Jumat, 06 Maret 2009


You should normally use the official or the generally accepted translation of any institutional term. If appropriate, you can gloss it and, in doing so, indirectly show your disagreement with this official version. Thus Mitbestimmung (in management) has to be translated first as `co-determination'; Rechtsstaat as `constitutional state'. Personally I think `co-determination' is a poor translation of Mitbestimmung though it has the virtue of distinctiveness and brevity. (Compare the plainer but clumsier `employers' and workers' joint management'.) But it is now too late to change the term to `workers' participation', and if you did so in any official or serious informative text, you would cause confusion. Similarly, when translating Gay­Lussac's Volumengesetz der Gase it is no good giving it your own title or even a brief explanation; nothing but the accepted term (`law of combining volumes') will do.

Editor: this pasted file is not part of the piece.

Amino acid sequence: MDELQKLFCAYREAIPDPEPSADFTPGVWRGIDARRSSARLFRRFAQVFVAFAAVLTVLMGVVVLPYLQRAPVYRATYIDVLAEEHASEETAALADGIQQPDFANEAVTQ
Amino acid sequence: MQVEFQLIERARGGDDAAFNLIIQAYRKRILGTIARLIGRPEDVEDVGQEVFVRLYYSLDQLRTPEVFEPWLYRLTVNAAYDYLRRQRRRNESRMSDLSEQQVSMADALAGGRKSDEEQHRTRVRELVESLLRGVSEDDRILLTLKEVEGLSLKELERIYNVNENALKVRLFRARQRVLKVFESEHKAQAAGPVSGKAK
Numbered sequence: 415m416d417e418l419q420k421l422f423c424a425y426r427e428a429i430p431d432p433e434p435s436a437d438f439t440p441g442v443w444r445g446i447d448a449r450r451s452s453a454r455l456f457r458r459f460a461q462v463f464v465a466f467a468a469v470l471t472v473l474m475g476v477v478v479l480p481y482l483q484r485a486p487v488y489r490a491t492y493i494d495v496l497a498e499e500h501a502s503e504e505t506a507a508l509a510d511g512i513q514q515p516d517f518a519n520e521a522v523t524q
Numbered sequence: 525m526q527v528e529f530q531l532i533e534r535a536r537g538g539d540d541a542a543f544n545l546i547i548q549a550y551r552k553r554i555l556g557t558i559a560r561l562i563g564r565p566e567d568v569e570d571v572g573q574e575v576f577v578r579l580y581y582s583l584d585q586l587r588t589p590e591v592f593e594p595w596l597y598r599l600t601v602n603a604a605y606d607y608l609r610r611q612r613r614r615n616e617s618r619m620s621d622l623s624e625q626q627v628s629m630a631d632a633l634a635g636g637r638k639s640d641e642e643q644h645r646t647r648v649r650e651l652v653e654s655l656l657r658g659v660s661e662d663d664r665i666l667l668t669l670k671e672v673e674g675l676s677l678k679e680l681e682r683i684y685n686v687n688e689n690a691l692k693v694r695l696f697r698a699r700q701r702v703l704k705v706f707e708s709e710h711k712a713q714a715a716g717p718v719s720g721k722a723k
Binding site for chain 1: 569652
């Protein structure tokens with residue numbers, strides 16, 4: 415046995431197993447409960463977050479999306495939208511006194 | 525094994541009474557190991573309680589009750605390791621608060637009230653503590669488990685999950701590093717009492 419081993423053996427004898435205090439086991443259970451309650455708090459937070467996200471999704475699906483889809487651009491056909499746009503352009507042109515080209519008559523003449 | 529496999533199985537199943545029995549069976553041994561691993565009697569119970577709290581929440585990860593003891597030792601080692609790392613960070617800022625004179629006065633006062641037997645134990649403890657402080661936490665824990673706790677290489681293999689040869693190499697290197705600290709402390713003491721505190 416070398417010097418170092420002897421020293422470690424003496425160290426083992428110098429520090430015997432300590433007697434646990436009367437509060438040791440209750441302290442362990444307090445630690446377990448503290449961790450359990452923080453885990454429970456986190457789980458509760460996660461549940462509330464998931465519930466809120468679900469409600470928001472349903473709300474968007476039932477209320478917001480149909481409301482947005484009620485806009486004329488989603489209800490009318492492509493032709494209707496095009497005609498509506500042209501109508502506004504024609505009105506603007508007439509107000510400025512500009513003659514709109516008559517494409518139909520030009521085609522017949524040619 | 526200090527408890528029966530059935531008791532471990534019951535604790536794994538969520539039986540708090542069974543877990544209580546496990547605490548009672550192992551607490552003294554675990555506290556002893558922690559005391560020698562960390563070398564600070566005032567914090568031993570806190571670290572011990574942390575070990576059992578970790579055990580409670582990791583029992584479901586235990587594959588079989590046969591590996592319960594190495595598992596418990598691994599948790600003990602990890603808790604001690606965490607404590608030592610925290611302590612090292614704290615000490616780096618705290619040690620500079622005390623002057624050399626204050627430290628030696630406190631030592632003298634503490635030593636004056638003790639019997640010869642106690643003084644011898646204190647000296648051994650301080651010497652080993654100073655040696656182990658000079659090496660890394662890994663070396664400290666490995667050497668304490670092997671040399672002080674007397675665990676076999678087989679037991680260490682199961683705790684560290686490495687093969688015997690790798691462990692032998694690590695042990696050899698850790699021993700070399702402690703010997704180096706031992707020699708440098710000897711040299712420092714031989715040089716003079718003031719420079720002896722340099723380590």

This is a provisional translation, usually of a new institution all term, which shoulc be made in inverted commas, which can later be discreetly withdrawn. It could bi done through literal translation, thus: `heritage language', Erhschaftssprache langue d'heritage.
This is said to occur when loss of meaning, sound-effect, metaphor or pragmatic effect in one part of a sentence is compensated in another part, or in a contiguou: sentence.

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